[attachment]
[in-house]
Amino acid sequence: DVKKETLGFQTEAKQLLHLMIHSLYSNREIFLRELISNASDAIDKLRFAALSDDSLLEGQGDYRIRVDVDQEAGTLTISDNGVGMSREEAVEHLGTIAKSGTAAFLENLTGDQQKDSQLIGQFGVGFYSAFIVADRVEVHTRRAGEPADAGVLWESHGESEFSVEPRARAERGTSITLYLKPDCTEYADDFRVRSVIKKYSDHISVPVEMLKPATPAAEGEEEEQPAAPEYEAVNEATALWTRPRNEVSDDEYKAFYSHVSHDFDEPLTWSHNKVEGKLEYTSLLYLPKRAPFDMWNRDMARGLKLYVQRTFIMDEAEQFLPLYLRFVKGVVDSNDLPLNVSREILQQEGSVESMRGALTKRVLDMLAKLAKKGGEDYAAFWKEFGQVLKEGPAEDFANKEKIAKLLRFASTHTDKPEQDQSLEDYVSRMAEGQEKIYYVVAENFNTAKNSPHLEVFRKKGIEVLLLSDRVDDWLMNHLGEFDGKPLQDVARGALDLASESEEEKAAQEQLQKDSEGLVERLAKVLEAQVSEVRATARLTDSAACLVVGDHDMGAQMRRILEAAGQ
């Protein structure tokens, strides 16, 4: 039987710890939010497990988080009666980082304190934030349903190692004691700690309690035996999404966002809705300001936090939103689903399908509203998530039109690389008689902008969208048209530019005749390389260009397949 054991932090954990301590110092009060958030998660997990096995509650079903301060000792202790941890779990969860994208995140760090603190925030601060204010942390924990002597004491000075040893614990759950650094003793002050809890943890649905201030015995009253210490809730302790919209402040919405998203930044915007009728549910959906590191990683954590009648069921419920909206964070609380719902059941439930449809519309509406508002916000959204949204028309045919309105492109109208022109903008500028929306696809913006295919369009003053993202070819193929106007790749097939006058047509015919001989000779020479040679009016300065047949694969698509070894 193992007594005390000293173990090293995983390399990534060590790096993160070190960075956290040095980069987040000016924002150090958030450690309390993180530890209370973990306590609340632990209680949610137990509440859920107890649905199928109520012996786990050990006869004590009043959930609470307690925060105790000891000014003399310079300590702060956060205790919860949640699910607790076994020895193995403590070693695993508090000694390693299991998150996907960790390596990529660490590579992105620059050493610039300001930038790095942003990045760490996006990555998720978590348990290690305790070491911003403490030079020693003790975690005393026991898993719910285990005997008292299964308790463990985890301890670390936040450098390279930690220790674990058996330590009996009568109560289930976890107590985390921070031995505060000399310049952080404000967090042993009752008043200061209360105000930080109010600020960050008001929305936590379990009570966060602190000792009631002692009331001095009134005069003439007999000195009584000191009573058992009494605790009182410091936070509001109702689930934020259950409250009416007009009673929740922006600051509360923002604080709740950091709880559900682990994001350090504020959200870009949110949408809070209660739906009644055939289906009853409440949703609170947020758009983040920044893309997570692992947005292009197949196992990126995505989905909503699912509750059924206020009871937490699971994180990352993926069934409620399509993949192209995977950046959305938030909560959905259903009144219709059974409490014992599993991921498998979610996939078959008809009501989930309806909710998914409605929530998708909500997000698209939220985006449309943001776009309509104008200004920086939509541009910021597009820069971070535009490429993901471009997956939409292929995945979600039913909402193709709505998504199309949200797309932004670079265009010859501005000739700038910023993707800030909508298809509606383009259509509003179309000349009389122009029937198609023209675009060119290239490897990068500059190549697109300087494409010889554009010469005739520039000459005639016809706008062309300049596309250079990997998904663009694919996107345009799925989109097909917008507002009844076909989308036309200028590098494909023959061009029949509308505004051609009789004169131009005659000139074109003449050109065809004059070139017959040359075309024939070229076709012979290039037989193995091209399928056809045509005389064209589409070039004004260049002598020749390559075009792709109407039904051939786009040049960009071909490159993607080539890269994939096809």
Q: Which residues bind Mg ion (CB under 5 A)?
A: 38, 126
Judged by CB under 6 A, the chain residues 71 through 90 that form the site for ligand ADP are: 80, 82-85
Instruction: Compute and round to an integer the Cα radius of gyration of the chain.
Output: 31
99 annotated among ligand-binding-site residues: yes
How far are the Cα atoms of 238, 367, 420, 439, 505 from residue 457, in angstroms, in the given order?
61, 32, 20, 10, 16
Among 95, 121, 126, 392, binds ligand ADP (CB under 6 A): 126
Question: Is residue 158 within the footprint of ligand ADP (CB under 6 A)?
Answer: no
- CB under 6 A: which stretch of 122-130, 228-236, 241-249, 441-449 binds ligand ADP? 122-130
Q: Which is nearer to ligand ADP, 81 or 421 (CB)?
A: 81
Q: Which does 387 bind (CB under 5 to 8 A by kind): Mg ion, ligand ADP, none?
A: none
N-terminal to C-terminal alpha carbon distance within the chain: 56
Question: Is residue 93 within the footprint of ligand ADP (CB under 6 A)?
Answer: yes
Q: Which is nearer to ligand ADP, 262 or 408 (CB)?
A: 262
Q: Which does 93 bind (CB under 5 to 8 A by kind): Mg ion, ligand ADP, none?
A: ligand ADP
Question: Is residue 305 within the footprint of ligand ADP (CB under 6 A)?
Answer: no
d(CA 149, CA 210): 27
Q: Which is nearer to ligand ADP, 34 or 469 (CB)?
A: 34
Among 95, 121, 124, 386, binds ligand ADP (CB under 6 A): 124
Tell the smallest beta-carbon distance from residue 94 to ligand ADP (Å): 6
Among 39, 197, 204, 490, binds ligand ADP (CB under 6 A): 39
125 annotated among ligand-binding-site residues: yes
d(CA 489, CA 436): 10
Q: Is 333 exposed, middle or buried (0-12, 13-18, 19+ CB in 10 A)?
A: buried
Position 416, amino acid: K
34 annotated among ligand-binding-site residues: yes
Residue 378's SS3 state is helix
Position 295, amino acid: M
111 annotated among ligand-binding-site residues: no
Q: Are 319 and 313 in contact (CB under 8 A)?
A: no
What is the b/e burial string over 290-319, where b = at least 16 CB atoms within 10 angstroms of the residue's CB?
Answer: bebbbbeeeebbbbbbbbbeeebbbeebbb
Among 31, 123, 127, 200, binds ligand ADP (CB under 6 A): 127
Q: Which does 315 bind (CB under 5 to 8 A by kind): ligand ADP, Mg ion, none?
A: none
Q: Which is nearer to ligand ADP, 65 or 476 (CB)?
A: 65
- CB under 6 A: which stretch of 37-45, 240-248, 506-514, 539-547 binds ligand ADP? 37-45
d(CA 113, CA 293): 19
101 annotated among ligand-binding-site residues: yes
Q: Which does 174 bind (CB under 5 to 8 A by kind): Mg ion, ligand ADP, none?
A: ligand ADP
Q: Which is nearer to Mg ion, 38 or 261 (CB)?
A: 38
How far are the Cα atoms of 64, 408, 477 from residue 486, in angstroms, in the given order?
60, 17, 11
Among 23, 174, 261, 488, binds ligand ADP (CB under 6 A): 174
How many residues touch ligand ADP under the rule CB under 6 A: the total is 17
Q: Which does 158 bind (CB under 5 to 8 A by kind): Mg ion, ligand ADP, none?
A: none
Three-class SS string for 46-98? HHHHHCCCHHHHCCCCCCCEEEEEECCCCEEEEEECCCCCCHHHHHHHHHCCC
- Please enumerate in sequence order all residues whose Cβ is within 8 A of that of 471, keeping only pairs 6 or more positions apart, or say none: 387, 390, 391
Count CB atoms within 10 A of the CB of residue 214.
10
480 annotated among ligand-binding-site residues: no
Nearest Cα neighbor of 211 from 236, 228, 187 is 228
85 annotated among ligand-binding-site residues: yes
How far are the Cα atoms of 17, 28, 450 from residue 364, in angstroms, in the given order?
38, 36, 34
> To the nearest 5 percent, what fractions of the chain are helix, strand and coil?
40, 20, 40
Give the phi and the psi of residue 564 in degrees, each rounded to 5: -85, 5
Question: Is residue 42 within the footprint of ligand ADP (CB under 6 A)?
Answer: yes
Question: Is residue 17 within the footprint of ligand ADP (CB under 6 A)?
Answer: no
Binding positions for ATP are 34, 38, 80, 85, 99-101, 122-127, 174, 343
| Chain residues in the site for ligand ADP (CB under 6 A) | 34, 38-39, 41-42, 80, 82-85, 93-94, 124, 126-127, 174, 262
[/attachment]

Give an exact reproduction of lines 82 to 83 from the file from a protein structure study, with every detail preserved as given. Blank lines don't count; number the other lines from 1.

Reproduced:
Binding positions for ATP are 34, 38, 80, 85, 99-101, 122-127, 174, 343
| Chain residues in the site for ligand ADP (CB under 6 A) | 34, 38-39, 41-42, 80, 82-85, 93-94, 124, 126-127, 174, 262